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John Harrison

he JAPANCONGO exhibition at Garage, which runs until August the 15th, is German artist, Carsten Holler’s, take on Jean Pigozzi’s collection of Congolese and Japanese contemporary art. Holler has chosen work by 16 Congolese artists which is shown to a counterpoint to works by 47 Japanese artists. The idea of presenting a double exhibition within one exhibition is not new, but usually the term refers to two aspects of one culture, not aspects of completely different cultures, which JAPANCONGO is all about.

The exhibition’s design and installation presents Japan on one side and the Congo on the other, with the walls on which the Japanese pictures are mounted being straight and rectangular, while the Congolese walls are rounded like the breasts of women from that country, as we are reminded of in so many paintings from that ample country. The walls form a spiral at one end. At the narrowest point, the visitor acts as a missing link between the two walls, although really what happens is that the corridor abruptly ends and the visitor is left staring at the non-plussed security guard.

The official blurb says that “there are some astonishing similarities between the Congolese and Japanese works on display”. This is true. The similarities are not on the technique level, that’s for sure. The Japanese are expert technicians, with fine painting and print-making being their hallmark, whereas the Congolese are big at ‘bs’: burlesque, bold, brash and bright, with paintings professionally done to appear to be half-naïve, and half political-poster in style. The exhibition, space, with its twisting walls thus becomes an artwork in itself, with curvy rooms full of trippy Congolese architectural; models and moody photographs.

The Japanese work on display is also full of protest, but it is subtle and, as with all things Japanese, exquisitely performed. There is a print on display showing a Japanese girl revealing her upper leg whilst another girl looks on. Pure pornography! The Japanese try to do expressionism and Hamilton-like collages, but it doesn’t really work; their strongest pieces are their most subtle. Here the Japanese artists show the collapse of Japanese traditional society, and “coming out” from inhibited sexuality is one good way to do that, as Japanese society and inherent sexual inhibitions are one and the same thing.

The Congolese show the regeneration of deep-rooted folk art in strong physical, emotional, almost pagan, works mixed with good-natured anarchism and alcoholism. All of this made me think what a collection of Russian and Irish art might look like? Very drunk, that’s for sure. Perhaps it is easier to come up with a national identity when far from home and viewed by people who don’t understand a hell of a lot about either culture, hmm. Perhaps such an exhibition should be suggested to the curator of the ICA?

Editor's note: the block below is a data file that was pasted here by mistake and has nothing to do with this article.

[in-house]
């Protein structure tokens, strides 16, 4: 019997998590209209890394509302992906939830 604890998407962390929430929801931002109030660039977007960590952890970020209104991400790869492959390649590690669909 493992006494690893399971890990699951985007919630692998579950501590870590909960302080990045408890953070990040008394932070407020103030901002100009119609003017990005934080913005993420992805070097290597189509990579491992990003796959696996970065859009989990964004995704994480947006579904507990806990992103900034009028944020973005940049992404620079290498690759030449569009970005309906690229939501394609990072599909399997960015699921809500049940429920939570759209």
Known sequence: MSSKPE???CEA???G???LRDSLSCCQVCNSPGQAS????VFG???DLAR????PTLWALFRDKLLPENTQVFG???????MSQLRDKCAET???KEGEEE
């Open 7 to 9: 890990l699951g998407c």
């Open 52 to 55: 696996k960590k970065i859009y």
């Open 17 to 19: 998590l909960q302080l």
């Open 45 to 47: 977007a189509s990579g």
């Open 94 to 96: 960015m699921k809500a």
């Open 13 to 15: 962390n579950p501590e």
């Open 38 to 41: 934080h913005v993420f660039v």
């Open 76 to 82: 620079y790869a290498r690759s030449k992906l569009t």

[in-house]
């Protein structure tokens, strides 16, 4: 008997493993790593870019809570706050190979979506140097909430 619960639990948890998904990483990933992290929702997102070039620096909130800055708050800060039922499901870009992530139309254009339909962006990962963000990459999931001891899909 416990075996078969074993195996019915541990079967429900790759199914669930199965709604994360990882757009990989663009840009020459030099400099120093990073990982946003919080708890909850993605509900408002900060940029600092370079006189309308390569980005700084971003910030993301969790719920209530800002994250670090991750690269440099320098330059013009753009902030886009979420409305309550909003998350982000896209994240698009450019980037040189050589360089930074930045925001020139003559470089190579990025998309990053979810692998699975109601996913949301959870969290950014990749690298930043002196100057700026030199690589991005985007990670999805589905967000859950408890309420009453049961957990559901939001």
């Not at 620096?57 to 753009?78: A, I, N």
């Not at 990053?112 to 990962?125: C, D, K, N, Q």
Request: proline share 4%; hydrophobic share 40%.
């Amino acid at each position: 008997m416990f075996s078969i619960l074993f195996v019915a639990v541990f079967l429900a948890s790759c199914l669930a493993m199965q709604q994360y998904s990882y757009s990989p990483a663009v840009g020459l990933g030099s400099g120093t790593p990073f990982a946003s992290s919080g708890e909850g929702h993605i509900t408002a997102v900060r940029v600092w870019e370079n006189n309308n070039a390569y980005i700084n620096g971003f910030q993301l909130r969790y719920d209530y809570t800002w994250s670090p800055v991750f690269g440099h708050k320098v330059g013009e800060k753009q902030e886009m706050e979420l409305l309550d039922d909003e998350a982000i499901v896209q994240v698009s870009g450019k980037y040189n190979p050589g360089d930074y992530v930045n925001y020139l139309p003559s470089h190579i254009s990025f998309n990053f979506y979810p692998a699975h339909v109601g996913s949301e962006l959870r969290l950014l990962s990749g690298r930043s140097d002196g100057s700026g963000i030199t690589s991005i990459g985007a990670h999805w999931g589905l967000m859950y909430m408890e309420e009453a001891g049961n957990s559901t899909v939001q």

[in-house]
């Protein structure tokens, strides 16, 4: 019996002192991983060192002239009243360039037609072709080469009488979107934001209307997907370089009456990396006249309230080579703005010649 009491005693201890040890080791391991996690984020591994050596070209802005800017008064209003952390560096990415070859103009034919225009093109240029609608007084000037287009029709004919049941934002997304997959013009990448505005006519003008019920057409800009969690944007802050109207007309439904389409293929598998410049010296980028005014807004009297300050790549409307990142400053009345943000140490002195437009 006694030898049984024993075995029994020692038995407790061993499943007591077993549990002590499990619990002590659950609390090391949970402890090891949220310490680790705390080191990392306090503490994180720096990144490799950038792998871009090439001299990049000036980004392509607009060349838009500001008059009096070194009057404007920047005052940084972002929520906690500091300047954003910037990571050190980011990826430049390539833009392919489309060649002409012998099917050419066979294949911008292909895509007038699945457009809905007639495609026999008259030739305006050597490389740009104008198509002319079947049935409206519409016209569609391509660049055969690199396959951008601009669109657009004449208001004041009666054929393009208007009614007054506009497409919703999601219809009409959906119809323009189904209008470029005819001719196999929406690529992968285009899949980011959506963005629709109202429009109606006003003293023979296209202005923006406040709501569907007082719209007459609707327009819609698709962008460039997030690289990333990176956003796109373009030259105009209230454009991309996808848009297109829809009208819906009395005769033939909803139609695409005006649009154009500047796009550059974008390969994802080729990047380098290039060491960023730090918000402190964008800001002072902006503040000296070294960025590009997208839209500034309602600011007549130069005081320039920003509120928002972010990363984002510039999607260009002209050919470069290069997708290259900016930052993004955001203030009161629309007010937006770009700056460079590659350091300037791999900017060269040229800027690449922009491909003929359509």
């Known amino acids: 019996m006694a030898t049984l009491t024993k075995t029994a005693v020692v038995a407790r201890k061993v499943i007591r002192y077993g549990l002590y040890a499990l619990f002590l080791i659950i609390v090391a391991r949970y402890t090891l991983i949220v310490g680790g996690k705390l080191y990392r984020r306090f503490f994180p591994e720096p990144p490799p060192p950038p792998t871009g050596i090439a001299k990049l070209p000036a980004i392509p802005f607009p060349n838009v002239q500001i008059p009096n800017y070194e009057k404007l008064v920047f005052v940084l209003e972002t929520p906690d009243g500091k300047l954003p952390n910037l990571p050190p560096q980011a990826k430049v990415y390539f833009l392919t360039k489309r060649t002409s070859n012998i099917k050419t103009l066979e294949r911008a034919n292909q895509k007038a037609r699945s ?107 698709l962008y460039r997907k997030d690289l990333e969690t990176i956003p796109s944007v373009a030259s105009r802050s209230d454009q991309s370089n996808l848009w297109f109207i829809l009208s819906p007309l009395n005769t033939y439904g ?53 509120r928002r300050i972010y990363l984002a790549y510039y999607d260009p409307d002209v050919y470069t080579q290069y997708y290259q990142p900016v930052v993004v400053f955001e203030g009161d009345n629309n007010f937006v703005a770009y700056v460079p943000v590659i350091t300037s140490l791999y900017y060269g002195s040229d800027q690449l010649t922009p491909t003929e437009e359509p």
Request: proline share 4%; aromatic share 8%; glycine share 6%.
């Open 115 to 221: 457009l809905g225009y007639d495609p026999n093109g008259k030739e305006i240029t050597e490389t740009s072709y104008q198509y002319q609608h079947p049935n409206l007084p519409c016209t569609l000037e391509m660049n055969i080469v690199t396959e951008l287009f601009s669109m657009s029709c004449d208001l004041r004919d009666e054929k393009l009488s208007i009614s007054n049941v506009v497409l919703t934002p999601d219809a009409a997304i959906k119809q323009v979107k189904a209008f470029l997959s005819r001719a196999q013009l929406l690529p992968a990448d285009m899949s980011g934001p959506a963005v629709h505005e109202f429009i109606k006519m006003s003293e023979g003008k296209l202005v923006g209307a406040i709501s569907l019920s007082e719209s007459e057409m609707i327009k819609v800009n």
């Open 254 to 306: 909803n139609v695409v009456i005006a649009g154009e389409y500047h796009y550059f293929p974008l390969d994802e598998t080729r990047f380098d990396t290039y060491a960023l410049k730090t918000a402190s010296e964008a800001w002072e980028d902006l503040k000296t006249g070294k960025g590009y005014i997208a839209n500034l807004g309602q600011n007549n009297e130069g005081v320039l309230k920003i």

As the exhibition space is an exhibition, there is no need to display individual artists’ names alongside each work. This is very irritating. Even the official guide is difficult to interpret to the extent of understanding who did what. But it doesn’t really matter, as most visitors don’t remember artists’ names anyway, unless they are “famous”, and there’s not much chance of that happening with these artists, although the work is great.

On the way in to the vast cavernous space of the Garage, you pass though the large exhibition space of James Turrell. I couldn’t see any of James’s works as this exhibition was closed, apart from a marble boat with an outboard motor attached, floating on an artificial pond with floating fairy lights around it—which did make me think a bit. I am not quite sure what about; my thoughts were abstract. I shall reserve judgement on James’s work until I return and see the whole show.

The exhibition runs to the 20th August 2011
Garage Centre of Contemporary Culture
19A Ulitsa Obraztsova Moscow
Tel (+7 495) 645-05-20

I thoroughly recommend a visit to JAPANCONGO, if only for a chance of getting blown out of Russian culture for few hours, by a double whammy of Japanese and Congolese art. Really!

Fifteen Congolese artists are displayed including the talents of Peter Bodo, Chéri Samba, Pathy Tshindele, Jean Depara, Cheik Ledy and Bodys Isek Kingelez. An equal number of Japanese artists will also be displayed with works from Natsumi Nagao, Nobuyoshi Araki, Akihiro Higuchi, Kazuna Taguchi, Kaneuji Teppei, Hiroki Tsukuda and Keiichi Tanaami.

JAPANCONGO was first exhibited in France at Le Magasin in Grenoble. It will travel to Russia at The Garage Centre for Contemporary Culture of Moscow in summer 2011 and Italy at the Palazzo Reale-CIMAC of Milan in September 2011.

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